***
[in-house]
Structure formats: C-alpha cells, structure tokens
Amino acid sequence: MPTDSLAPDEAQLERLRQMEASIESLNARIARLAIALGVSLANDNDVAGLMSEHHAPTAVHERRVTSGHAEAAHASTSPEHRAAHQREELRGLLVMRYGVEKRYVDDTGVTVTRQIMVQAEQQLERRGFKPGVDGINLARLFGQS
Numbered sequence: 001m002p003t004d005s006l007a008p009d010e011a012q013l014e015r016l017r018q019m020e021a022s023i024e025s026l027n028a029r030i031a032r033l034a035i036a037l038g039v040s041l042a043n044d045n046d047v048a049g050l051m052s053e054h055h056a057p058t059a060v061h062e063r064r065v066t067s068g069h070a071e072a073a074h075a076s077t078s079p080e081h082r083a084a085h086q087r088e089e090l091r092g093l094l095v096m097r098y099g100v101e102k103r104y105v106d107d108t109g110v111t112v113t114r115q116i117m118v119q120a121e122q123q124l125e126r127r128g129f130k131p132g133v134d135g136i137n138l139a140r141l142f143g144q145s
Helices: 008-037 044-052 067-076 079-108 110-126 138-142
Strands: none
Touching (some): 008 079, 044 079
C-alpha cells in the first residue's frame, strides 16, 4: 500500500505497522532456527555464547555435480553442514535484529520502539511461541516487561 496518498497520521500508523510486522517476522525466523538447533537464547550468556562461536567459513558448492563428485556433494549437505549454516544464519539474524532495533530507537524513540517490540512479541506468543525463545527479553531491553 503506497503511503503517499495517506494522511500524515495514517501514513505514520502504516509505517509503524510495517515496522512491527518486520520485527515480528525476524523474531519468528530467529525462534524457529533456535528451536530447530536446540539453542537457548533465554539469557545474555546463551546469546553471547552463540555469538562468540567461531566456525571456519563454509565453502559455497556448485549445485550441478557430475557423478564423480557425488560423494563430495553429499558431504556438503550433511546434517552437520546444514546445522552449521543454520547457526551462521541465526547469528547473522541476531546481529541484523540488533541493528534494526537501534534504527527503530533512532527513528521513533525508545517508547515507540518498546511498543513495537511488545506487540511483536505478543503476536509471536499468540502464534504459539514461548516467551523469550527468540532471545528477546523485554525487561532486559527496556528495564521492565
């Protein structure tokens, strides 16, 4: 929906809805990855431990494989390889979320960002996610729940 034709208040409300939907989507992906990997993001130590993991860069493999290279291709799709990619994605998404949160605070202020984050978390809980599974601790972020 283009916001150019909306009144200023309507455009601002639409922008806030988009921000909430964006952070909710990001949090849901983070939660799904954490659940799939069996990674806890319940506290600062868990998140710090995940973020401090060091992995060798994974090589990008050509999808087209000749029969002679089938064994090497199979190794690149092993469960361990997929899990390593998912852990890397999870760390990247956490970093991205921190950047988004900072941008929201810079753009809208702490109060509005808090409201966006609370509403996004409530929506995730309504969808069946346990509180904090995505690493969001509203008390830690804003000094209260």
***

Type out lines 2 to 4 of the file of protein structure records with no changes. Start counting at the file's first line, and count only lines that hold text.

Structure formats: C-alpha cells, structure tokens
Amino acid sequence: MPTDSLAPDEAQLERLRQMEASIESLNARIARLAIALGVSLANDNDVAGLMSEHHAPTAVHERRVTSGHAEAAHASTSPEHRAAHQREELRGLLVMRYGVEKRYVDDTGVTVTRQIMVQAEQQLERRGFKPGVDGINLARLFGQS
Numbered sequence: 001m002p003t004d005s006l007a008p009d010e011a012q013l014e015r016l017r018q019m020e021a022s023i024e025s026l027n028a029r030i031a032r033l034a035i036a037l038g039v040s041l042a043n044d045n046d047v048a049g050l051m052s053e054h055h056a057p058t059a060v061h062e063r064r065v066t067s068g069h070a071e072a073a074h075a076s077t078s079p080e081h082r083a084a085h086q087r088e089e090l091r092g093l094l095v096m097r098y099g100v101e102k103r104y105v106d107d108t109g110v111t112v113t114r115q116i117m118v119q120a121e122q123q124l125e126r127r128g129f130k131p132g133v134d135g136i137n138l139a140r141l142f143g144q145s